Assuming that the novel is more-or-less faithfully rendered in the film version, opening this weekend, I can only conclude that the authors used up all their creativity on their pen name. There isn’t a non-derivative moment in this sci-fi melodrama blended with maudlin teen romance. Scene after scene, idea after idea seems lifted out of earlier favorites ranging from Superman to Jaws to The X-Files.
Above all, however, I Am Number Four seems to aspire to Twilight. Though the premise is nominally science-fictional rather than supernatural, it’s still aimed directly at the hearts, and pocketbooks, of teenage girls—and maybe of the teenage girls who tend to live on inside a lot of adult women—who want a handsome but gentle protector. At one point the hero even uses his powers to save the heroine from an oncoming car.
Said hero is John (Alex Pettyfer), a strapping high-school kid who, we soon learn, is a native of the planet Lorien, one of nine kids scattered across Earth who survived their home world’s invasion by a race of vicious, fanged, tatted-up skinhead-punk aliens with gill-slits on either side of their noses. John has an equally strapping bodyguard, Henri (Timothy Olyphant), and the two of them lead an itinerant existence, trying to stay one step ahead of the alien assassins, who are trying to kill the survivors off in order.
The story starts with John sensing the death of Number Three. Henri whisks him off to a new hiding place, a small town in Ohio. He quickly falls in love with a local girl (Dianna Agron) and makes a nerdy friend (Callan McAuliffe). But a typical wholesome teen life is not in the cards for John, as the sinister aliens are closing in, and so is a mystery woman (Teresa Palmer). He also soon learns that he can conjure fields of energy from the palms of his glowing hands.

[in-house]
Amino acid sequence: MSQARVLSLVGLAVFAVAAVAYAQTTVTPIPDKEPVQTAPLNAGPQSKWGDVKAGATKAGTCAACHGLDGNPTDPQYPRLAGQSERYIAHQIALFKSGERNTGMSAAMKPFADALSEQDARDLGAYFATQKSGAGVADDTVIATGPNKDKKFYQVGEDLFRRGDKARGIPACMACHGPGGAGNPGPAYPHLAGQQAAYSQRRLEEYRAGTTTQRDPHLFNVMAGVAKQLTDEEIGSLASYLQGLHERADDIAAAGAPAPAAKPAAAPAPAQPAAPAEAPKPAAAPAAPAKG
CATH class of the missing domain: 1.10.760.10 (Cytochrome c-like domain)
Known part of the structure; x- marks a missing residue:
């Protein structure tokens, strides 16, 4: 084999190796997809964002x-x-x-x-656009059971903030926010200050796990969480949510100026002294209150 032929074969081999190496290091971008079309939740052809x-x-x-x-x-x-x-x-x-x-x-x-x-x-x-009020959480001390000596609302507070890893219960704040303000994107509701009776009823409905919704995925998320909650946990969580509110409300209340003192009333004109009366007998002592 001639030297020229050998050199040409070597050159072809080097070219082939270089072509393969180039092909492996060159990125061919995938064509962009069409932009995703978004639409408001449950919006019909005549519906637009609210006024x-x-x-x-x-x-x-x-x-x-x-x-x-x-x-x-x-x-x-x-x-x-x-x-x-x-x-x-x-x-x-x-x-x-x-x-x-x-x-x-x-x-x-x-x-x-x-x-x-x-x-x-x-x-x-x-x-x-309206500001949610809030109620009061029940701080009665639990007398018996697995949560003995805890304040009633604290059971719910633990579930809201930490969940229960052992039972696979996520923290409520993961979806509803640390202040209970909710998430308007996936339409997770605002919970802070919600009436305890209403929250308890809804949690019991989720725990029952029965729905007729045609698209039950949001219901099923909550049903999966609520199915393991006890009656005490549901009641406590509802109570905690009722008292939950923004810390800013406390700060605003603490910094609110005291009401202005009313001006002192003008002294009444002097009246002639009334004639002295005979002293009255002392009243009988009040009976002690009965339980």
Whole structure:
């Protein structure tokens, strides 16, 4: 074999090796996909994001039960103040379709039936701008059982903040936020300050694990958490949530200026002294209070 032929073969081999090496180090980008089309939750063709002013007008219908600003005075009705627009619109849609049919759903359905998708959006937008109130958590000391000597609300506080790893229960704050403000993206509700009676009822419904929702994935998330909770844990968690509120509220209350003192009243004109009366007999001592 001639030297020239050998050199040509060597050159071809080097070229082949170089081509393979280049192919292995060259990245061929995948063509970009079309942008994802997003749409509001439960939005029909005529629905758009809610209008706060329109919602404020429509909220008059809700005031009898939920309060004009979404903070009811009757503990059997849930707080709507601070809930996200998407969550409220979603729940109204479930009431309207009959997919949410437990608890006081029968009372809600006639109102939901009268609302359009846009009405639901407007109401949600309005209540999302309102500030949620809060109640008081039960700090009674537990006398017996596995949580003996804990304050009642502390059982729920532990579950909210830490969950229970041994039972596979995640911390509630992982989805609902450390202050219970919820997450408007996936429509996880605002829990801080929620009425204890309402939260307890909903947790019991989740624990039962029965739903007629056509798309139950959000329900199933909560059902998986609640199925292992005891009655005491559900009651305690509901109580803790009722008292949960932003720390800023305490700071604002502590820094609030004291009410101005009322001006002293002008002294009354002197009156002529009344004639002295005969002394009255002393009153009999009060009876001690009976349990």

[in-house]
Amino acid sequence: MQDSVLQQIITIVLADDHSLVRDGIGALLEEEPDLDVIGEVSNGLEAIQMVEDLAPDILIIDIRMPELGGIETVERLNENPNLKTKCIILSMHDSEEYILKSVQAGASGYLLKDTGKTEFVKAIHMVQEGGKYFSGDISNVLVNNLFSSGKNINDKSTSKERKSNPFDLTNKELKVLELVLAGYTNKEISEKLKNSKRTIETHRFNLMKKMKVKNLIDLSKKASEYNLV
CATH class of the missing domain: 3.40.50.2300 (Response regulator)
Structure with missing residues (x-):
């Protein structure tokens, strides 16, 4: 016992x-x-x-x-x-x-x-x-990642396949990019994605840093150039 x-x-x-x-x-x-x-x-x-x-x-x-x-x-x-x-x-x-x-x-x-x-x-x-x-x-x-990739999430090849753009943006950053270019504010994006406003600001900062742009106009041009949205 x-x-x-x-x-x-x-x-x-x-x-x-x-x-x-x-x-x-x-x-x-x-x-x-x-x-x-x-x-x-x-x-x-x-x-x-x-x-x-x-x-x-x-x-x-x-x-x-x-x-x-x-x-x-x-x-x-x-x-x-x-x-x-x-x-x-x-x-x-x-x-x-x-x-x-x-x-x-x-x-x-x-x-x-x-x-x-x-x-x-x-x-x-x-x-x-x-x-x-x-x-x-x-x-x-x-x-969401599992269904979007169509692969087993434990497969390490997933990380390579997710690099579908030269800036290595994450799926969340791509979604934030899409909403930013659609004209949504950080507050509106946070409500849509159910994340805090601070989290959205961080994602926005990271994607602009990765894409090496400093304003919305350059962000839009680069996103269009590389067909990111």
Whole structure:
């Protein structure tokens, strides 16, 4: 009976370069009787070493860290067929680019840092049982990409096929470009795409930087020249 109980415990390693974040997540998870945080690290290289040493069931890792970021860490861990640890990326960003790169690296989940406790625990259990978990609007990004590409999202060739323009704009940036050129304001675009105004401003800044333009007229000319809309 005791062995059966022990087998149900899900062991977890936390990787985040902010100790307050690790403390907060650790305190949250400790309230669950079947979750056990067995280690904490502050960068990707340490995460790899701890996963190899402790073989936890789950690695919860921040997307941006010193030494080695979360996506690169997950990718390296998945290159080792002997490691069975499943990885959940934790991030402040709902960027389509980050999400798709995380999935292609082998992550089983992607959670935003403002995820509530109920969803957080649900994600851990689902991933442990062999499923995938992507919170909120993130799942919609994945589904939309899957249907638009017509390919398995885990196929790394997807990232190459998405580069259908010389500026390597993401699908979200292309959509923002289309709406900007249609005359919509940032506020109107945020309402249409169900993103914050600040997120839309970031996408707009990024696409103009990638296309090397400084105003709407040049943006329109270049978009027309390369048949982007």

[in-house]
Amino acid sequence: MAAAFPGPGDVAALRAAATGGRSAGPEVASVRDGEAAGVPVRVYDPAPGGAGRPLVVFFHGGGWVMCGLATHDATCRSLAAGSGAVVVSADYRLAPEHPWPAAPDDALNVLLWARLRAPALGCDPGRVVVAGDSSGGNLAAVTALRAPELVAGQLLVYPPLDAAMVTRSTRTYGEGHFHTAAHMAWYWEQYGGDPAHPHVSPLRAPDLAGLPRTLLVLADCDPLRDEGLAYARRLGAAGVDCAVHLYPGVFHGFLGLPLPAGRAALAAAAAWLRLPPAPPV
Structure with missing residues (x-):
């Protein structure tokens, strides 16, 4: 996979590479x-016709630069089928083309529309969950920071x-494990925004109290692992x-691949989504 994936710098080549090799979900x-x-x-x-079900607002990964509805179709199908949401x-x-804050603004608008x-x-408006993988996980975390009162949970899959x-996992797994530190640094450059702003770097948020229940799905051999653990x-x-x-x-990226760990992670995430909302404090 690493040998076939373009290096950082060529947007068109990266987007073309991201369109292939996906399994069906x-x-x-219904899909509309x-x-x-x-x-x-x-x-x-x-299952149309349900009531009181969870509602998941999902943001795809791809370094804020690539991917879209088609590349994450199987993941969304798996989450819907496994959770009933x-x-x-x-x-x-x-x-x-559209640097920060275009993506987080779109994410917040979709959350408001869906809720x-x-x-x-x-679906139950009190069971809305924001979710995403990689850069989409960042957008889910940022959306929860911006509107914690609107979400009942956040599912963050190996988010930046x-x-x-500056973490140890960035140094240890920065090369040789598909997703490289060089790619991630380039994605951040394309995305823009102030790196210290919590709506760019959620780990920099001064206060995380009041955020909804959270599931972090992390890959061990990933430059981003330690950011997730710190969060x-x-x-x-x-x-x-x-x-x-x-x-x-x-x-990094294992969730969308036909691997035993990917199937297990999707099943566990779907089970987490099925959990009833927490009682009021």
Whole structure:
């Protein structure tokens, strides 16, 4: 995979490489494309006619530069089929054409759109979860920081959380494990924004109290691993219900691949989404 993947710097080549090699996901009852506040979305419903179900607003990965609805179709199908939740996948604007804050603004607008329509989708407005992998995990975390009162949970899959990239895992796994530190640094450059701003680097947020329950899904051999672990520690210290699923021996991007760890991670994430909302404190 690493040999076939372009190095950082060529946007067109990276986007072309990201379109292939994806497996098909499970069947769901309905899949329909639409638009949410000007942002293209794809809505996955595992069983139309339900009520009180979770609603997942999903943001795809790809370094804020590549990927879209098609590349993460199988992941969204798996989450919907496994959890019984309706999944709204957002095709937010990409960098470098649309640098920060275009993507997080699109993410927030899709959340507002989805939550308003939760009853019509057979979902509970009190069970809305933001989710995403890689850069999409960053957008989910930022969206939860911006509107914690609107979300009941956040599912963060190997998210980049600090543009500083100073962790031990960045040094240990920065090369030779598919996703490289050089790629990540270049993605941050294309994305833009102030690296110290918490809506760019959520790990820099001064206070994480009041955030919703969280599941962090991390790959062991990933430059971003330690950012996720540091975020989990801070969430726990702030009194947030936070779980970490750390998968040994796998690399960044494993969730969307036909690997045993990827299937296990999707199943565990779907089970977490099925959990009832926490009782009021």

The reason I’m not sorry I sat through I Am Number Four arrived in the last twenty minutes or so of the film. Director D. J. Caruso and the special-effects folk serve up a thoroughly entertaining, action-packed grand finale as the punky aliens, aided by two hideous pet monsters—something like dinosaurs crossed with pit bulls crossed with flying squirrels—launch an all-out attack on John and his pals at the high school.
I Am Number Four’s dialogue is too insipid, and the actors too generic and antiseptic, to give it any authenticity. But it’s slickly made and well-paced; it zips right along, so maybe in twenty or thirty years it will play as a teen-camp artifact, like, say, the Beach Party movies do now.